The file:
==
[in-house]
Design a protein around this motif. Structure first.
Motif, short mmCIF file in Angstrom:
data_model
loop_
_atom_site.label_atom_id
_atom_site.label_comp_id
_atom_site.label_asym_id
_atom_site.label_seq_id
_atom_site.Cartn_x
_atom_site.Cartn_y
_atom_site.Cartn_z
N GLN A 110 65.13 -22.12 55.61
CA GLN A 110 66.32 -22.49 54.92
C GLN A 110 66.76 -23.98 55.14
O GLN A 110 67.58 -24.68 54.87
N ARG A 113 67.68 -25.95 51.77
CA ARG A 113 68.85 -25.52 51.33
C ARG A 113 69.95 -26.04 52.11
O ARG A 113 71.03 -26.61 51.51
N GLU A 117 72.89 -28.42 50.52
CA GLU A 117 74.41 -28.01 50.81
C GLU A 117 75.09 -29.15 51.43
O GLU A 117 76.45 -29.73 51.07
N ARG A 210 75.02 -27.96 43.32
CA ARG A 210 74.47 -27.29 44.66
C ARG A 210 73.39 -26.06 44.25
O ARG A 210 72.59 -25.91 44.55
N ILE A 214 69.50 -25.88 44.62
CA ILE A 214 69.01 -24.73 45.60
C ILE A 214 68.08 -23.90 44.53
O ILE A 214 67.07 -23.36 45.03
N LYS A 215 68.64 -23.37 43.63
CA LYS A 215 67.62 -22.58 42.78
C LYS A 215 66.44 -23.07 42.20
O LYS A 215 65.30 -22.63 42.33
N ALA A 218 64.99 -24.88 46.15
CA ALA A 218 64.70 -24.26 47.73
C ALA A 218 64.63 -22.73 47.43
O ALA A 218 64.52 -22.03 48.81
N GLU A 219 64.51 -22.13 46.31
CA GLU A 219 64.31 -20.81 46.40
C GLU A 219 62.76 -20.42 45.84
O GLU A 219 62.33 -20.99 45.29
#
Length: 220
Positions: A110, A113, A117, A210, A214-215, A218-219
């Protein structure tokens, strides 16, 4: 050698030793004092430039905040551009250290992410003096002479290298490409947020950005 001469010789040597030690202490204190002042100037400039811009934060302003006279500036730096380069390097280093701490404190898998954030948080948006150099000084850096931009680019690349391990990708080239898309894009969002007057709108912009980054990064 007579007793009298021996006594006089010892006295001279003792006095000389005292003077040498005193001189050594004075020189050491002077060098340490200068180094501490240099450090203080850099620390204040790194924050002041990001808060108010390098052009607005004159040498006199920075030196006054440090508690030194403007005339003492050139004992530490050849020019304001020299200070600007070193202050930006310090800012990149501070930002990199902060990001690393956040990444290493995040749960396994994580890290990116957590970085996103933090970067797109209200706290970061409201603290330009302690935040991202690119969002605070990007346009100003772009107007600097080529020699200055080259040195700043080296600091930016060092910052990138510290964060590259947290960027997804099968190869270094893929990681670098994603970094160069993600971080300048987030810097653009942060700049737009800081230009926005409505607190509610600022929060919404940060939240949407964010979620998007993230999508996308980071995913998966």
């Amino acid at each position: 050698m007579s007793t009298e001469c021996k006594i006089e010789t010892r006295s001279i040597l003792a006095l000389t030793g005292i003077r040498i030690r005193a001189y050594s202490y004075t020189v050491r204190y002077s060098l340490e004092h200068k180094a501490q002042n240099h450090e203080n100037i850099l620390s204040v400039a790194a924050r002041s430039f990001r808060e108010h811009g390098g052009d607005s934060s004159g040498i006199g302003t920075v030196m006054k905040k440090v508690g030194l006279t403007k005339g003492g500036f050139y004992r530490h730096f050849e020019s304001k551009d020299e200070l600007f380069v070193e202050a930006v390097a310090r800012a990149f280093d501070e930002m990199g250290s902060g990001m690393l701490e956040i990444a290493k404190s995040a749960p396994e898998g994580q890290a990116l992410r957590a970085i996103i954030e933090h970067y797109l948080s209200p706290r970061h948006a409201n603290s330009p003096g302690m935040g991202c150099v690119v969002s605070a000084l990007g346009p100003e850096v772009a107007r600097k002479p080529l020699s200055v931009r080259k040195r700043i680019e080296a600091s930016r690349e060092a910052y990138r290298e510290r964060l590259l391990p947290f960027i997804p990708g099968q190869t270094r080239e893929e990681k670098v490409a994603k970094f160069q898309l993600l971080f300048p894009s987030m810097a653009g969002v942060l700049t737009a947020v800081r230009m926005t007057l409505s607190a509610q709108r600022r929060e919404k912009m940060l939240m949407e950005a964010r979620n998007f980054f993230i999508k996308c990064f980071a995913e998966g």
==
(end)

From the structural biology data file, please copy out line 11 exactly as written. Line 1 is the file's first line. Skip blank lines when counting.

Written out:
_atom_site.Cartn_y